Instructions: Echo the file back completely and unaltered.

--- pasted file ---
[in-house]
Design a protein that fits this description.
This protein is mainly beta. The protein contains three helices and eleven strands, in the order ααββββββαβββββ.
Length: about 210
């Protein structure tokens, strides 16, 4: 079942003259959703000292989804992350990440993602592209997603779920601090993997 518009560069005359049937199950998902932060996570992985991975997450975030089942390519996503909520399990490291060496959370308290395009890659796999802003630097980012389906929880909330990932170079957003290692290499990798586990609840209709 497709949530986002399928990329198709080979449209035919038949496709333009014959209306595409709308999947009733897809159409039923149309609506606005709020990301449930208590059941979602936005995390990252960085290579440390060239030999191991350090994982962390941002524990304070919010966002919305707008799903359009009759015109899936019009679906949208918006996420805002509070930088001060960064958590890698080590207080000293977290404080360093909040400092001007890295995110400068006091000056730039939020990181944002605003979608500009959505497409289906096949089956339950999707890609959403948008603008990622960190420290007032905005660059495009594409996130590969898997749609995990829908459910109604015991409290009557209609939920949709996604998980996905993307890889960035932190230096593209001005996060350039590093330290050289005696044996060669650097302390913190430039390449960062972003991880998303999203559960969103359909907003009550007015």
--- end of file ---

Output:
[in-house]
Design a protein that fits this description.
This protein is mainly beta. The protein contains three helices and eleven strands, in the order ααββββββαβββββ.
Length: about 210
């Protein structure tokens, strides 16, 4: 079942003259959703000292989804992350990440993602592209997603779920601090993997 518009560069005359049937199950998902932060996570992985991975997450975030089942390519996503909520399990490291060496959370308290395009890659796999802003630097980012389906929880909330990932170079957003290692290499990798586990609840209709 497709949530986002399928990329198709080979449209035919038949496709333009014959209306595409709308999947009733897809159409039923149309609506606005709020990301449930208590059941979602936005995390990252960085290579440390060239030999191991350090994982962390941002524990304070919010966002919305707008799903359009009759015109899936019009679906949208918006996420805002509070930088001060960064958590890698080590207080000293977290404080360093909040400092001007890295995110400068006091000056730039939020990181944002605003979608500009959505497409289906096949089956339950999707890609959403948008603008990622960190420290007032905005660059495009594409996130590969898997749609995990829908459910109604015991409290009557209609939920949709996604998980996905993307890889960035932190230096593209001005996060350039590093330290050289005696044996060669650097302390913190430039390449960062972003991880998303999203559960969103359909907003009550007015």